TODAY'S PAPER
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OpinionEditorial

The bravery of Long Island’s volunteers saves another life

One defining aspect of Long Island is people working together. Nowhere is this clearer than with our volunteer firefighters.

Janice Esposito becomes emotional as she embraces firefighter

Janice Esposito becomes emotional as she embraces firefighter Peter DiPinto Sr. at her Holbrook home Oct. 11, 2017. DiPinto saved her the night before by pulling her out of her car seconds before a train struck her vehicle in Brookhaven. Photo Credit: James Carbone

An oncoming train and a car immobilized on the tracks with a driver trapped inside is a combination that seems destined to result in tragedy. Instead, what happened Tuesday night at the Arthur Avenue railroad crossing just south of Montauk Highway in Brookhaven provided an inspiring story.

Janice Esposito was trapped in her car after it was rear-ended around 10:15 p.m. Peter DiPinto Sr., 65, a Brookhaven volunteer firefighter for 30 years, lives nearby. He was already in his pajamas, but he grabbed a flashlight and ran out of the house. He found Esposito in her disabled vehicle with the driver-side door stuck because of the accident. Then the gates at the crossing were coming down, the bells were clanging and the headlight of the eastbound train was bearing down. DiPinto rushed to the passenger side and pulled Esposito free just seconds before the train smashed into the vehicle, demolishing it.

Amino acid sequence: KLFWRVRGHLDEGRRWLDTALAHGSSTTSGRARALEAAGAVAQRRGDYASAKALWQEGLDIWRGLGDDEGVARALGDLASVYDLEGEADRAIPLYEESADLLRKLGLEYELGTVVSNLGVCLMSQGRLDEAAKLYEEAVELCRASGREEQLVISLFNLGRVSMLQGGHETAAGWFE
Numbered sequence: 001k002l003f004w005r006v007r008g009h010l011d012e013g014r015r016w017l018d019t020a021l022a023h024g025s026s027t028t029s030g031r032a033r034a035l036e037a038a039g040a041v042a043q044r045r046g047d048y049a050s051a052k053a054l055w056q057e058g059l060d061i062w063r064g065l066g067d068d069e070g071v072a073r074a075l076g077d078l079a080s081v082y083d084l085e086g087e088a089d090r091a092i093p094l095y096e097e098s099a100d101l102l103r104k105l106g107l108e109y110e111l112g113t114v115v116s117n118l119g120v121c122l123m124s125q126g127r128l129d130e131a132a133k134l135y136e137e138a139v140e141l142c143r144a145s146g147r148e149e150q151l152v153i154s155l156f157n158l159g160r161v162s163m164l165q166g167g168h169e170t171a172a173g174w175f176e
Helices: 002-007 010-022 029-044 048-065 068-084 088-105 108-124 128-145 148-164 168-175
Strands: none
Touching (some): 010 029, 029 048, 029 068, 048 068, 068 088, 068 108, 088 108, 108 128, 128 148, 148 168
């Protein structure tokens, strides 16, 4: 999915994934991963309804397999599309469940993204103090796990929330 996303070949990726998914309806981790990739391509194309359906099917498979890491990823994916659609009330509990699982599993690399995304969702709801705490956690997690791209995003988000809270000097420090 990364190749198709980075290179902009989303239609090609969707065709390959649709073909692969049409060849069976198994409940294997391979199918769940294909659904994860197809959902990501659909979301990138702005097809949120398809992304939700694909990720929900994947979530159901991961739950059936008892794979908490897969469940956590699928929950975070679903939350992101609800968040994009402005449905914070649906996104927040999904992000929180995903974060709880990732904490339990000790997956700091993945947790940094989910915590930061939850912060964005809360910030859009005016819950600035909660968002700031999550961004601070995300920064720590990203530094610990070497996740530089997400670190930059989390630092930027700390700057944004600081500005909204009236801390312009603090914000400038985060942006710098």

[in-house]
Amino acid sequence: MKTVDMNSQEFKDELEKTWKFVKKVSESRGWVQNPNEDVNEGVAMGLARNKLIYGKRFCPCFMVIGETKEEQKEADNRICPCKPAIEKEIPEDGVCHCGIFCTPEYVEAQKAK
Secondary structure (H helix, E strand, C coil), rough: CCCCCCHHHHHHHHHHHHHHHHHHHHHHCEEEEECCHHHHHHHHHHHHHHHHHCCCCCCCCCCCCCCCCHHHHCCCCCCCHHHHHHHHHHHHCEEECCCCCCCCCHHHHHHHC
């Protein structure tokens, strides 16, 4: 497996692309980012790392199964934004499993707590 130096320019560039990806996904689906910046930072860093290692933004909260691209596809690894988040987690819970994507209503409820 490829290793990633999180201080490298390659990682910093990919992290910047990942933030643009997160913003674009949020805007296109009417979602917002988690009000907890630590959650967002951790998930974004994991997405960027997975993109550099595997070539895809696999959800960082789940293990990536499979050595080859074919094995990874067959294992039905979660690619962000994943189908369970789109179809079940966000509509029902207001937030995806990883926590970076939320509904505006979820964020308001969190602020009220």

It could have been a devastating incident even with Esposito’s escape. She said she normally would have had her 7-year-old son, Daniel, in the car with her, but not that night.

One defining aspect of Long Island is communities working together to care for each other. Nowhere is this clearer than with the volunteer firefighters who protect us. And that’s never been clearer than it was Tuesday night, when luck and courage came together to save a life. 

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